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Thinking About Thinking in Study Groups: Studying Engineering Students' Use of Metacognition in Naturalistic Setting
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Metacognition has been identified as a critical skill set for learning in problem solving, conceptual understanding, and studying, all of which are key in any undergraduate engineering curriculum. Though significant research has identified metacognition as critical in learning, most of this research has been conducted in experimental settings and has focused on individual engagement. While experimental settings provide evidence that metacognition is important to learning, these controlled studies do not tell us if students actually engage in metacognition in their own contexts. The purpose of this research study was to describe the metacognitive habits of engineering students in the naturalistic setting of study groups as well as contextual factors that supported this engagement. In order to accomplish this, I developed a methodological approach useful for identifying metacognitive engagement in naturalistic settings. In this ethnographically-inspired qualitative study, I used participant observations as my primary source of data and ethnographic interviews as supplemental data. Three study groups participated in this study and represented a diverse range of strategies for learning and studying. In order to identify the metacognitive behaviors of the study participants, I developed the Naturalistic Observations of Metacognitive Engagement (NOME) coding strategy, a coding scheme that can be used to identify metacognitive engagement in naturalistic settings involving undergraduate engineering students. Through the use of the NOME for coding the observational transcripts, I found that undergraduate engineering students engage in metacognitive engagement in different ways and certain metacognitive behaviors are engaged in at a higher rate than others. From an analysis of the observational fieldnotes, I found that contextual factors such as learning environment, study group schedule, study group purpose, learning resources, and workload potentially impact the way in which engineering students engage in metacognitive practices. The findings of this study provide important implications for researchers in metacognition and engineering education, educational practitioners, students, and the research site and participants from which the data was collected.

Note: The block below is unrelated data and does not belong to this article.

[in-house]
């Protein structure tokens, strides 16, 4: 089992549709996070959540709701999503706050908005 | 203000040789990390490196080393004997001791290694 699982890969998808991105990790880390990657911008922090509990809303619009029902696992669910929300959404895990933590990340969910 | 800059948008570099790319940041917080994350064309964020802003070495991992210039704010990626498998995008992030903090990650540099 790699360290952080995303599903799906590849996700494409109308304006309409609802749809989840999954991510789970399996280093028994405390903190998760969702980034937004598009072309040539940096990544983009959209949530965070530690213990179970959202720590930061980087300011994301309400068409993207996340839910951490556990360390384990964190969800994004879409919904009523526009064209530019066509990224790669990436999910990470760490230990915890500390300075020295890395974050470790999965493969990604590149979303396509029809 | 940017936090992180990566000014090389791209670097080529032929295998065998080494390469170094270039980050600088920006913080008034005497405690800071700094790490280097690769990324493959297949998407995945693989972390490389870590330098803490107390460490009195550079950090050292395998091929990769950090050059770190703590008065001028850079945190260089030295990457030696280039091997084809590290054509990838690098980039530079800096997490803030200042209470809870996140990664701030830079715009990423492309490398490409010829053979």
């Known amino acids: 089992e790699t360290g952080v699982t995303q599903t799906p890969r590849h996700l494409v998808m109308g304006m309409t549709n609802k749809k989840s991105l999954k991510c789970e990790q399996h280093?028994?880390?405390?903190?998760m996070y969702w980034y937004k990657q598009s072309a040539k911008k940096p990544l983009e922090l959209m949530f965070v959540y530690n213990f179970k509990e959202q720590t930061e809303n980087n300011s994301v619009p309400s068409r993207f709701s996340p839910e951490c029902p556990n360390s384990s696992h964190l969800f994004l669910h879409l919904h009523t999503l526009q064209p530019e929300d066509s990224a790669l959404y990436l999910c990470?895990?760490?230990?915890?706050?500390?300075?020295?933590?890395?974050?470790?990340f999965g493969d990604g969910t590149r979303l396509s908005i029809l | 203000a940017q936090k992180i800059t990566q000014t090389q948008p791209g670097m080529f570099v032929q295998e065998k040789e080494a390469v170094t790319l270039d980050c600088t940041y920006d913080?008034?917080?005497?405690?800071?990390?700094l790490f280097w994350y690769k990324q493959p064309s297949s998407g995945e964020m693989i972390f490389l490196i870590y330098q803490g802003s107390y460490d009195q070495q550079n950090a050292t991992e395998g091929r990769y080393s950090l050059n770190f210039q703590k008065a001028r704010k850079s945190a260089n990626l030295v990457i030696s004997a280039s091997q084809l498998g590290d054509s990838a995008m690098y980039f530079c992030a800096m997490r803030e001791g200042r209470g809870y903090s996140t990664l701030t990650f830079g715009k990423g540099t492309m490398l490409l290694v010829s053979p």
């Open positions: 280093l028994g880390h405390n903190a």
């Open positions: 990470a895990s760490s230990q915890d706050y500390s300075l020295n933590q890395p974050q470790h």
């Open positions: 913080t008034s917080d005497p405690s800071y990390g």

- Doctoral Dissertations